In 1977, just two years after Mozambique’s independence from Portugal, the country fell into a state of civil war that would last 16 years. In addition to the countless human atrocities committed during the conflict, warring factions—and the impoverished communities they left in their wake—devastated Mozambique’s wildlife. In 1994, when scientists conducted the first post-war surveys of Gorongosa, they found only remnants of the park’s famous herds. A mere 100 elephants, 15 buffalo, and a handful of zebra remained. Gorongosa’s once-famous lion population had fallen by 80 percent. And those were just the animals anyone bothered to count.
In 2004, although many people had already written Gorongosa off as a catastrophic ecological loss, former tech entrepreneur turned philanthropist Greg Carr was looking for a new challenge and turned his attention to Gorongosa. Carr’s initial pledge of $500,000 toward Gorongosa’s restoration ballooned to $40 million the following year in a 30-year agreement with Mozambique’s Ministry of Tourism to both restore the park’s ecosystems and promote economic development in the region. Since that time, the Gorongosa Restoration Project has managed and studied existing wildlife populations and has begun to restock species struggling to recover on their own.
One thing the restoration scientists have going for them is that Gorongosa’s habitats remained relatively intact throughout the war, and since. Rains continue to fall each year on nearby Gorongosa Mountain, gathering in streams that turn the park’s Lake Urema into a vast, rich floodplain. Old-growth forests, for the most part, still stand in the park’s interior. These ecosystems harbored many smaller animals through even the worst of the disruption, and today they offer safe haven for the increasing number of species that are returning—either on their own or with the help of Gorongosa’s restoration team. While vultures still face challenges here, the birds are among the creatures that are thriving in this comeback story. The park now supports the largest known population of white-headed vultures (Trigonoeps occipitalis) anywhere in Africa.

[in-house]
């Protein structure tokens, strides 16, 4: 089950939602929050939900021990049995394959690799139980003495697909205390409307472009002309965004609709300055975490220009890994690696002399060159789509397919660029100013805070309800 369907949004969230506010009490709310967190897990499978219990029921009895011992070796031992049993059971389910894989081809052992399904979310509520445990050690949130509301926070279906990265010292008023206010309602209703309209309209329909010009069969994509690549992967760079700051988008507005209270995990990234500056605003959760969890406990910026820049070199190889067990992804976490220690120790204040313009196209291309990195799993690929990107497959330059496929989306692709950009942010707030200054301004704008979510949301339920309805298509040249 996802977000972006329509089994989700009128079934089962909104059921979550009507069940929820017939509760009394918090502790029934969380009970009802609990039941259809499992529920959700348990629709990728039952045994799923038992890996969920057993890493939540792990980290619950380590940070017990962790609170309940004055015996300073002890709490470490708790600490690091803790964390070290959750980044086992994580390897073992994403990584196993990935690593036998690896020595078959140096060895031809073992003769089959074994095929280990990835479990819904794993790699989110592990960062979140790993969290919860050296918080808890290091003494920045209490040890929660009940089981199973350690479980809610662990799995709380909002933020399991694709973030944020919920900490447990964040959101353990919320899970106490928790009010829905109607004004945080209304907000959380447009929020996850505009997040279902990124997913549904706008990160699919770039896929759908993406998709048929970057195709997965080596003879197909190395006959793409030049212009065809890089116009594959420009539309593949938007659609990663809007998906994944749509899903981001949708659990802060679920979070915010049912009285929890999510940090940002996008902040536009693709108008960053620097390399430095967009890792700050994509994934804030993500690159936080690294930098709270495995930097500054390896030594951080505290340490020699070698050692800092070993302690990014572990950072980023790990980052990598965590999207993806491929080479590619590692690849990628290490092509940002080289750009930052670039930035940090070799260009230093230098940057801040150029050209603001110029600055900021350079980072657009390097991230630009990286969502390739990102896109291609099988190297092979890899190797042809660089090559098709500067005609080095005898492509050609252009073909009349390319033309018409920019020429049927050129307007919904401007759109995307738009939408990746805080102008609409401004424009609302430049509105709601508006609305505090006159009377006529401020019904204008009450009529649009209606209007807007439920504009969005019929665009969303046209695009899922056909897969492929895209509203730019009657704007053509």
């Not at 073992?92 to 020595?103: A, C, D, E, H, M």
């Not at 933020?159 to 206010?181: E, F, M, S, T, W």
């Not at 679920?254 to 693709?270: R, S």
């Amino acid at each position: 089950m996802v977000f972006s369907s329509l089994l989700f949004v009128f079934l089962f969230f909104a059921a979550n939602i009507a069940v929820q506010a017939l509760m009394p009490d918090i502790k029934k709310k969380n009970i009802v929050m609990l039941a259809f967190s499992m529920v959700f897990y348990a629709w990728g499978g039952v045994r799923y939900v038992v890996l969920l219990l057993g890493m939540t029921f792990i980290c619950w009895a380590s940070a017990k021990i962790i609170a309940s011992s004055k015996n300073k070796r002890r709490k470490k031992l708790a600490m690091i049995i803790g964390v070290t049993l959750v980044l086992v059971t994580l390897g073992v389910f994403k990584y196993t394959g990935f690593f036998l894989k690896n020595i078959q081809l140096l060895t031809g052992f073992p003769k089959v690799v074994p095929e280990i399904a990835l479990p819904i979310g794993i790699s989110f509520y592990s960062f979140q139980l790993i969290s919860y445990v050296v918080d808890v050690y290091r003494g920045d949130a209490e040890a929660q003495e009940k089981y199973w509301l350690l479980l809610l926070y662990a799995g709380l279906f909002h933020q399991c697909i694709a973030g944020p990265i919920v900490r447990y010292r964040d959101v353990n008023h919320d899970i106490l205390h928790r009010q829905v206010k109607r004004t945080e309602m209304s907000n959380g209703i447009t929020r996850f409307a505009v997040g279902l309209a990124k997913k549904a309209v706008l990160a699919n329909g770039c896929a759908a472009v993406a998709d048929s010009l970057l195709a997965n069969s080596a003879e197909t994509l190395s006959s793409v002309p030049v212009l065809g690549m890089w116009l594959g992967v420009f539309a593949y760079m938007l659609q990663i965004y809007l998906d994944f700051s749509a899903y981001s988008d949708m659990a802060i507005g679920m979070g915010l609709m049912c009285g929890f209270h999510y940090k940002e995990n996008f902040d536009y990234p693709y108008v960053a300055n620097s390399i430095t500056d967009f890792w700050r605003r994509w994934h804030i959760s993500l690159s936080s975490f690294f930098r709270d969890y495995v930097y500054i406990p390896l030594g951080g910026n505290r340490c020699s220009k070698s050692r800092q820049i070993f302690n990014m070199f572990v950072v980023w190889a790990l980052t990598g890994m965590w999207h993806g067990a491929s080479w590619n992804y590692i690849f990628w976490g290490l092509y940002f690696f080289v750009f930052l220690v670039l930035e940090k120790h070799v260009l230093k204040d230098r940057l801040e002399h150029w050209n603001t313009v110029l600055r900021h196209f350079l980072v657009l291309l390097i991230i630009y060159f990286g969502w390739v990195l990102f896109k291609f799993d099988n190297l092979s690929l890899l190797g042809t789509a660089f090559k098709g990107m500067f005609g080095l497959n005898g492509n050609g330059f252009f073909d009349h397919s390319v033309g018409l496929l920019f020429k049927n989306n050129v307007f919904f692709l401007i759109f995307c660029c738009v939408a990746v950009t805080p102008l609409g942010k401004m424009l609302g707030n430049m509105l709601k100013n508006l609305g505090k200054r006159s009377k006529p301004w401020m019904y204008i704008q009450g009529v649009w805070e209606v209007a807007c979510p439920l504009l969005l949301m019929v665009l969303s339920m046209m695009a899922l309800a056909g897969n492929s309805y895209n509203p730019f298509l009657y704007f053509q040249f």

Within the relative safety of Gorongosa National Park, vultures find both priceless nesting habitat and growing populations of potential food sources. Unfortunately, these highly mobile birds don’t stay within the park boundaries. Vultures are obligate wanderers, and given the right conditions—thermals that rise vertically over southern Africa’s grasslands and savannas on any given day—they make long-distance travel look easy. Within minutes, a bird can glide beyond the protected parklands, and can cross international borders with only slightly more effort.
When paired with their keen eyesight, this mobility affords vultures access to food sources that most animals would never see or be able to reach. But their wide-ranging habits also expose them to threats that more sedentary species wouldn’t encounter. Among the many perils that African vultures face outside park boundaries are collisions with power lines and hunters eager to supply markets with vulture body parts that practitioners of traditional medicine say confer clairvoyance. But by far, the greatest threat to vultures in Africa—and in fact around the world—is poisoning.
Poisons account for more than 60 percent of vulture mortality in Africa. In some cases, the poisoning is incidental, intended for other scavengers such as hyenas or for predators like lions that threaten livestock. Increasingly, though, the poisons are intended specifically for vultures, left by poachers who have learned that the circling birds give away the location of their crimes. In the most deadly of these events, in 2013, a single elephant poached and then laced with poison near Namibia’s Bwabwata National Park killed nearly 600 vultures.